Lameness as a disease of intensification in dairy cattle under urban and peri-urban production system in the Addis Ababa milk shed
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OAU/STRC Bulletin of Animal Health and Production in Africa;49(1): 254-261
Permanent link to this item: http://hdl.handle.net/10568/29299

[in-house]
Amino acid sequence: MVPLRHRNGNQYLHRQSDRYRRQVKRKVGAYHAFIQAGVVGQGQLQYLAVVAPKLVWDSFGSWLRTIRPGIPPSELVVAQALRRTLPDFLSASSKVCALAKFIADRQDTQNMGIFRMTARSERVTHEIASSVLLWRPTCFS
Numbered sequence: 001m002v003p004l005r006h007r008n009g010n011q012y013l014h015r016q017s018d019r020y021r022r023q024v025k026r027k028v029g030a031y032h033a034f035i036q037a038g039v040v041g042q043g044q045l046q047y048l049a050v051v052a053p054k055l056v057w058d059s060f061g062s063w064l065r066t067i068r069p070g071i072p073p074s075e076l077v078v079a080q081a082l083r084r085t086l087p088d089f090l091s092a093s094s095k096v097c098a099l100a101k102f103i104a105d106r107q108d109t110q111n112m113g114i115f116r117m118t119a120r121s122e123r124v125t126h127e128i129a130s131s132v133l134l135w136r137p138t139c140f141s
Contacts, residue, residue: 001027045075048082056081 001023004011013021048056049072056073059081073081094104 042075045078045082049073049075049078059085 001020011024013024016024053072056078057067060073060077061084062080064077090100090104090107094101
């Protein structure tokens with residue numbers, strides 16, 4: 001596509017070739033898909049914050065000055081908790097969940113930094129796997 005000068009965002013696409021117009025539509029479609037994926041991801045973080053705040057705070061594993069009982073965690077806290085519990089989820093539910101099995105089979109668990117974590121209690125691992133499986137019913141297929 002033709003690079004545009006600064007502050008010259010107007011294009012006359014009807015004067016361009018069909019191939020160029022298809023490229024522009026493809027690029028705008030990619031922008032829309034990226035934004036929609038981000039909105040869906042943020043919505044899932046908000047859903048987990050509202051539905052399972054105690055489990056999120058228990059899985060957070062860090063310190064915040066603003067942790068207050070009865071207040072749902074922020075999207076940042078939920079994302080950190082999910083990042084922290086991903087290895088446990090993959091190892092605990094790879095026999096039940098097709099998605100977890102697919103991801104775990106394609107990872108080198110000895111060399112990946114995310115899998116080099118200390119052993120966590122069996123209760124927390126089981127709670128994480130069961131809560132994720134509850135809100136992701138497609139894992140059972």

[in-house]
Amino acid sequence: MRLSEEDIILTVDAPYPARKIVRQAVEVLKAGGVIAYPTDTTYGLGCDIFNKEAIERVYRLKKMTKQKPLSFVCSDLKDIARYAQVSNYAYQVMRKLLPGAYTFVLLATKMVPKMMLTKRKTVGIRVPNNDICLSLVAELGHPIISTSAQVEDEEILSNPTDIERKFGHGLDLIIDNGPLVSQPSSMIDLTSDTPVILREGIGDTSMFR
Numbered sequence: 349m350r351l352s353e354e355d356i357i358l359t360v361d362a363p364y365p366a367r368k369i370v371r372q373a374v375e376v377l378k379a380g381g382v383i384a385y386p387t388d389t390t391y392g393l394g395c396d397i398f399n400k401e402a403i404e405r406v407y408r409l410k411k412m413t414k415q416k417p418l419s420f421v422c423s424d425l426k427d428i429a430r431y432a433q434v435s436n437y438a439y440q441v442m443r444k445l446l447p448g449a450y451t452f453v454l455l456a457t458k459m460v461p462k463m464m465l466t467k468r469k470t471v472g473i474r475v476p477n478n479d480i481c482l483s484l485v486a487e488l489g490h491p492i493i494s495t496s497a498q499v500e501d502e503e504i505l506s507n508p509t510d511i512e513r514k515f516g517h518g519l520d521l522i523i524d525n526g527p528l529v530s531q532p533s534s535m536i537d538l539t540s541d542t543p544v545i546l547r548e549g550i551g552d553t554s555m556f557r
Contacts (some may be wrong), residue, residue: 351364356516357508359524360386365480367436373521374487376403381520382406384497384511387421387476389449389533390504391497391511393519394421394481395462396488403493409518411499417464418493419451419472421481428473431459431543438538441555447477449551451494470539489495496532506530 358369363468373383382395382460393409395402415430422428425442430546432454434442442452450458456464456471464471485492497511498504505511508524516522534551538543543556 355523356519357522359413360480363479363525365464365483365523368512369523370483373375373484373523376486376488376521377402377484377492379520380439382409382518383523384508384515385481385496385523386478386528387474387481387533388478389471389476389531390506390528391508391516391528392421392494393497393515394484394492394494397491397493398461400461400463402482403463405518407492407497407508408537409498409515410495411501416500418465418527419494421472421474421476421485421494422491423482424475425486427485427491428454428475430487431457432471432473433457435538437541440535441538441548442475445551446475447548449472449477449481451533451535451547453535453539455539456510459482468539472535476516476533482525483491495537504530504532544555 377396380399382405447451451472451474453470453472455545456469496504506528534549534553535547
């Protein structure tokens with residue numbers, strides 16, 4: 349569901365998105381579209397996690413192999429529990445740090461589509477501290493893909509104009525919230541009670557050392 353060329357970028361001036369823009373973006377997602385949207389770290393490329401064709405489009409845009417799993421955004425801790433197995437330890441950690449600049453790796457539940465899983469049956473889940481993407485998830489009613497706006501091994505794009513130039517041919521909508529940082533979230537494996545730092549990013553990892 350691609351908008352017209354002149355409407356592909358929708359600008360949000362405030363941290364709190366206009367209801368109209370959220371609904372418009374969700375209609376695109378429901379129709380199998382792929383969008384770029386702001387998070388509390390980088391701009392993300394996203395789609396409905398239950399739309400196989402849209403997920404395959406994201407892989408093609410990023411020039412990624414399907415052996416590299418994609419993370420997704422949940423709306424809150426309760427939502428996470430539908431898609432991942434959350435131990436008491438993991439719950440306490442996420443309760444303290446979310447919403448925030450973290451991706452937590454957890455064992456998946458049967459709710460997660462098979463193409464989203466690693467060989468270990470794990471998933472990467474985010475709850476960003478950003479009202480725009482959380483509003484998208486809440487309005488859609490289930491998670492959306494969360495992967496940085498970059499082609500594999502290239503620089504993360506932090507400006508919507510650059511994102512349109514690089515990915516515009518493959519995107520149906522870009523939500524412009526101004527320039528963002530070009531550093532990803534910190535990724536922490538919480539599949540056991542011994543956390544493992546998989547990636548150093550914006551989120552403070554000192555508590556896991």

An exploratory survey was undertaken to describe and quantify the magnitude of lameness in 964 dairy cattle between October and December 1999 under urban (Addis Ababa), peri-urban (Sebeta and Kaliti), and urban farms in a secondary town (Debre Zeit). Based on herd sizes, these farms were classified as small, medium, and large, and data were collected on farm conditions and individual animals using a structured questionnaire. Clinical examination was made on the musculoskeletal disorders and animals with disorders were identified and described in terms of category of animal, class of lameness and site of disorders. The disorders including hoof over-growth and interdigital skin hyperplasia that did cause lameness were 16.396. Out of the total 964 animals examined, 73 animals (7.696) clinically exhibited clear signs of lameness in at least one of their limbs. Lameness was more prevalent (P<0.01) in cows than other groups followed by breeding bulls, young stock, and heifers. The hind limb and the lateral claw were more frequently affected (P<0.01) than the front limb and the medial claw, respectively. Most of the lame cases (68.596) had their sites of involvement either in the joint alone or joint and other areas of the limb. Excluding 'Sickle' and 'cow-hocked' conditions that did not involve only one tissue, the proportion of lesions that affected the limb structure was higher (82.996) in the intensive production system and in the productive group of animals (milking cows) in the herds. This study indicated that lameness is an economically important disease among dairy animals in urban and peri-urban production. Research and development interventions are recommended.